On 9 May 2018 at 03:57, Tim Peters <tim.peters@gmail.com> wrote:
These all match my expectations.  Some glosses:

> We should probably define what happens when you write [p := p for p in
> range(10)]. I propose that this overwrites the loop control variable rather
> than creating a second p in the containing scope -- either way it's probably
> a typo anyway.

A compile-time error would be fine by me too.  Creating two meanings
for `p` is nuts - pick one in case of conflict.  I suggested before
that the first person with a real use case for this silliness should
get the meaning their use case needs, but nobody bit, so "it's local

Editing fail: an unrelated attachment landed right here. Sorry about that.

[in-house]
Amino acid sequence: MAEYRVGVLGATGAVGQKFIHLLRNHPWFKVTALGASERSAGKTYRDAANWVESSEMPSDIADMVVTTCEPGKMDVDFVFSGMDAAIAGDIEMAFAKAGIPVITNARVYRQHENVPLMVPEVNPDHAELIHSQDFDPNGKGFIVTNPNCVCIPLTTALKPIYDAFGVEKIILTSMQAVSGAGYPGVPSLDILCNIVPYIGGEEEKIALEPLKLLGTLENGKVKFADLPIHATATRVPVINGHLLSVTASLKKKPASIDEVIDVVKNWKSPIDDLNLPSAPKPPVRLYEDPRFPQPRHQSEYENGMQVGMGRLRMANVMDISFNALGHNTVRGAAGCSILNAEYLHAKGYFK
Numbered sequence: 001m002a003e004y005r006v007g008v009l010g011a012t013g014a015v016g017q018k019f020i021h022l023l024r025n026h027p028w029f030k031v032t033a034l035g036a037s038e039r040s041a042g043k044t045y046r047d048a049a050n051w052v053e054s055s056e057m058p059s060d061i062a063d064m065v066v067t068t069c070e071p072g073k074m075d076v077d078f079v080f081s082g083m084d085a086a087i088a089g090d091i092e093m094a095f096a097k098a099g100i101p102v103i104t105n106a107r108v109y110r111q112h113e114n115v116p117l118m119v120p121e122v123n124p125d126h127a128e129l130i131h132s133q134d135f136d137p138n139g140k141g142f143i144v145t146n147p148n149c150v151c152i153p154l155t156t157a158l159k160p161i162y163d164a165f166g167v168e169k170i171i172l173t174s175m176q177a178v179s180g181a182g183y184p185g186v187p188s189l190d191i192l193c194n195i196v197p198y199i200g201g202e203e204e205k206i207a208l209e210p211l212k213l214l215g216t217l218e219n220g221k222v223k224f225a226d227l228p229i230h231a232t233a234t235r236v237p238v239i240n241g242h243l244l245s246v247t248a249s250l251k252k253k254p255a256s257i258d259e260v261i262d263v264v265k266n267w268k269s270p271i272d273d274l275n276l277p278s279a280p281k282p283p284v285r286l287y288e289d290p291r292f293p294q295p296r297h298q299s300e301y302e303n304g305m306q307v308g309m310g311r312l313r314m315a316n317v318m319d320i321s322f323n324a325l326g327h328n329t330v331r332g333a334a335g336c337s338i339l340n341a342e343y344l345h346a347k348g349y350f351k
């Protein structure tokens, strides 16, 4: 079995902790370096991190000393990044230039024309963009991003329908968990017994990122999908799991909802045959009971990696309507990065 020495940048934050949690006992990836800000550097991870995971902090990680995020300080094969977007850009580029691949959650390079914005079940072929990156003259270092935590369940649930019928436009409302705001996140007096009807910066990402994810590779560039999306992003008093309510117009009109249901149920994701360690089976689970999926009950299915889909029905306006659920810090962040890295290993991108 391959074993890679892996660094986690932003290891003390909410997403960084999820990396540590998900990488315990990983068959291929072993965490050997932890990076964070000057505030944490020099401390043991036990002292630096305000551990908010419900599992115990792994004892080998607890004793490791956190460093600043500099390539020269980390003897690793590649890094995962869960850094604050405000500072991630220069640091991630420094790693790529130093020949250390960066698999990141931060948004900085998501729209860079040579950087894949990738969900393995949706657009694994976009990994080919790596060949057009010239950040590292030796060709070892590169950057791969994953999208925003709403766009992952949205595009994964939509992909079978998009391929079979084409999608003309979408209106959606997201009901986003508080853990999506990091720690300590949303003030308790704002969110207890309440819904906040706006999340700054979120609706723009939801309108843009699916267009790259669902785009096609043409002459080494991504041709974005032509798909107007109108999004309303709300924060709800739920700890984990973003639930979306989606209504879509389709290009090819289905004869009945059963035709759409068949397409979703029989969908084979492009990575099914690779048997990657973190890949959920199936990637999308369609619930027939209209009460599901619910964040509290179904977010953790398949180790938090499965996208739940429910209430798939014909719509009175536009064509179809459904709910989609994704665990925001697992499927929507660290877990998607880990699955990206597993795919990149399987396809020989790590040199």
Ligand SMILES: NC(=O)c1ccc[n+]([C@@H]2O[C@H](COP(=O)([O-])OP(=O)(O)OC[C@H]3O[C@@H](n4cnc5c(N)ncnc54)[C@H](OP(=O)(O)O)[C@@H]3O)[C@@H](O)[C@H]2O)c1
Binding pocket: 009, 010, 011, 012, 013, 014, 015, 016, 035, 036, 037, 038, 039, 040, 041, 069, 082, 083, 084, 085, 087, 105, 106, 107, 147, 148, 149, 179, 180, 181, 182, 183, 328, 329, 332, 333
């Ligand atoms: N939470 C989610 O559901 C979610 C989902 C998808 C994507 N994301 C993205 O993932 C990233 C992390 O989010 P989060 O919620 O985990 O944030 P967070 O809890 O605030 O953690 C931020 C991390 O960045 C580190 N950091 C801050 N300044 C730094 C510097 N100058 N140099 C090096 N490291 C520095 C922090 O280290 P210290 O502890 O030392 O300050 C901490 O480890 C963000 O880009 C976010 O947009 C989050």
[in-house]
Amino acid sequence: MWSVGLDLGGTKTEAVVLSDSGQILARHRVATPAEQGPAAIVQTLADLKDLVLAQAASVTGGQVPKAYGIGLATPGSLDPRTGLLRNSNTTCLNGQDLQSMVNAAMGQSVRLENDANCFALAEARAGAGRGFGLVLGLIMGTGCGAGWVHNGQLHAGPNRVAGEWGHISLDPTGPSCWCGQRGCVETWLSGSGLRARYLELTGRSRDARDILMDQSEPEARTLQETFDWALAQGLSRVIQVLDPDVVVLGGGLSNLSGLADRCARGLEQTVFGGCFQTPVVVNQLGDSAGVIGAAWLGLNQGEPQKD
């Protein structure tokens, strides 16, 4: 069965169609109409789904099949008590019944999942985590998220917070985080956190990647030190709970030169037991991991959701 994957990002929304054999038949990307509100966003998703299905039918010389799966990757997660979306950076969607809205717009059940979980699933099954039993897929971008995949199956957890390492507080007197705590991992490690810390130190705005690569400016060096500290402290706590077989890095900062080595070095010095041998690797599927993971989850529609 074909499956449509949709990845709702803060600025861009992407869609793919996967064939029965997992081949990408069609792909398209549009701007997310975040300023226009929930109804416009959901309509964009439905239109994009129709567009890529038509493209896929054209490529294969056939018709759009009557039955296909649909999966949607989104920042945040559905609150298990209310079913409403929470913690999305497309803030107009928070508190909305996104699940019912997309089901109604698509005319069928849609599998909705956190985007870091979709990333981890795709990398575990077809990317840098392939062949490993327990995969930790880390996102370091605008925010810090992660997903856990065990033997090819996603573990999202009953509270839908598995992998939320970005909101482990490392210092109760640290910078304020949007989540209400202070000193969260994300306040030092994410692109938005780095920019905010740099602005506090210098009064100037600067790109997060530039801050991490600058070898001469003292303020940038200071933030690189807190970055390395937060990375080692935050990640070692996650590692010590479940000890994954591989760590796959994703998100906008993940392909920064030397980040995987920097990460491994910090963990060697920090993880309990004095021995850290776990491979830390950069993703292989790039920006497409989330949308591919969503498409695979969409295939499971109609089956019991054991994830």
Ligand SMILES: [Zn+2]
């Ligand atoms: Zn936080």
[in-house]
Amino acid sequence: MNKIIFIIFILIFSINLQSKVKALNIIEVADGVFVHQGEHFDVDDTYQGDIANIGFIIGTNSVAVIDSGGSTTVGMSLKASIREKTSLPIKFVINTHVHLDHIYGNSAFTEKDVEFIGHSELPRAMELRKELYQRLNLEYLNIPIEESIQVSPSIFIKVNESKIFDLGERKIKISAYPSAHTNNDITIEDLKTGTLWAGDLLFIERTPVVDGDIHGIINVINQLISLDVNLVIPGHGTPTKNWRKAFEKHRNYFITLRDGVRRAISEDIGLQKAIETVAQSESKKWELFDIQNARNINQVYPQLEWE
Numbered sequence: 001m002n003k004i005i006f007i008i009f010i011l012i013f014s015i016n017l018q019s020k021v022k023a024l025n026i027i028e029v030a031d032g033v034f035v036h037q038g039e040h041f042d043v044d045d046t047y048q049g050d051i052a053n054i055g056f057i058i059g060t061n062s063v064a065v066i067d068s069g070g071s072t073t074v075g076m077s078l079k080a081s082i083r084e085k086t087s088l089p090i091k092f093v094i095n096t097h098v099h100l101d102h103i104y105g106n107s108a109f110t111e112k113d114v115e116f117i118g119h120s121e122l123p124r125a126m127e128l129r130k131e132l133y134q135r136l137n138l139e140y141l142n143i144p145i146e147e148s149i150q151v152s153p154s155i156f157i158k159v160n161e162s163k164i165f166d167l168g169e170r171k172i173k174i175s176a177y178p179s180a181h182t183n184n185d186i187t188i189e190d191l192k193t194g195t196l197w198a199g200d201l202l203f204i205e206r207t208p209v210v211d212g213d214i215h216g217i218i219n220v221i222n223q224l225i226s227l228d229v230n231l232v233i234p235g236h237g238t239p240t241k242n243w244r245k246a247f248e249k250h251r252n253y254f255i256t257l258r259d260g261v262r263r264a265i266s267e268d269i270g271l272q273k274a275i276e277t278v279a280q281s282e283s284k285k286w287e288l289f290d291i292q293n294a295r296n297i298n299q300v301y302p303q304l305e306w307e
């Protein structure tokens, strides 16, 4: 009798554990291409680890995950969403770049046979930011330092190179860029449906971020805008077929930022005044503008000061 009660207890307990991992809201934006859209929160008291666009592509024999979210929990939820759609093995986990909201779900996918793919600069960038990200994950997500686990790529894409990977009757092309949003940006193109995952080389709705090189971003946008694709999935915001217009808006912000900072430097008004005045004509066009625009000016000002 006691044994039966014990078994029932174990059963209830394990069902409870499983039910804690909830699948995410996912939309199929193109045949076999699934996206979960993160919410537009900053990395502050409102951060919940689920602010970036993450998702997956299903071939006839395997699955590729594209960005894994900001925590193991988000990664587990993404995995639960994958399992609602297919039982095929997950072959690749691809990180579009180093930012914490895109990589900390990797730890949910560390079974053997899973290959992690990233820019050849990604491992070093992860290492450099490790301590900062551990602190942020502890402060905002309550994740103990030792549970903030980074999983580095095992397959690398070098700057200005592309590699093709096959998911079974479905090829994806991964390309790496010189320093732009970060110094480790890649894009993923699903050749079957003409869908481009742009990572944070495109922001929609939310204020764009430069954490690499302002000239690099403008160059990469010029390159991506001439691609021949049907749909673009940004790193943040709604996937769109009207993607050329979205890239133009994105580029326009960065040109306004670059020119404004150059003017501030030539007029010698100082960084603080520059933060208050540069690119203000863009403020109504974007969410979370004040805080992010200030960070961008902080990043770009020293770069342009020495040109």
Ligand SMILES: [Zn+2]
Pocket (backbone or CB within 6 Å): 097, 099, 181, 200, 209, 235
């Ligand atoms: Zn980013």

then" is fine.

I'd suggest that the handling of conflicting global and nonlocal declarations provides a good precedent here:

>>> def f():
...     global x
...     nonlocal x
...     x = 1
  File "<stdin>", line 2
SyntaxError: name 'x' is nonlocal and global

Since using a name as a binding target *and* as the iteration variable would effectively be declaring it as both local and nonlocal, or as local and global.


Nick Coghlan   |   ncoghlan@gmail.com   |   Brisbane, Australia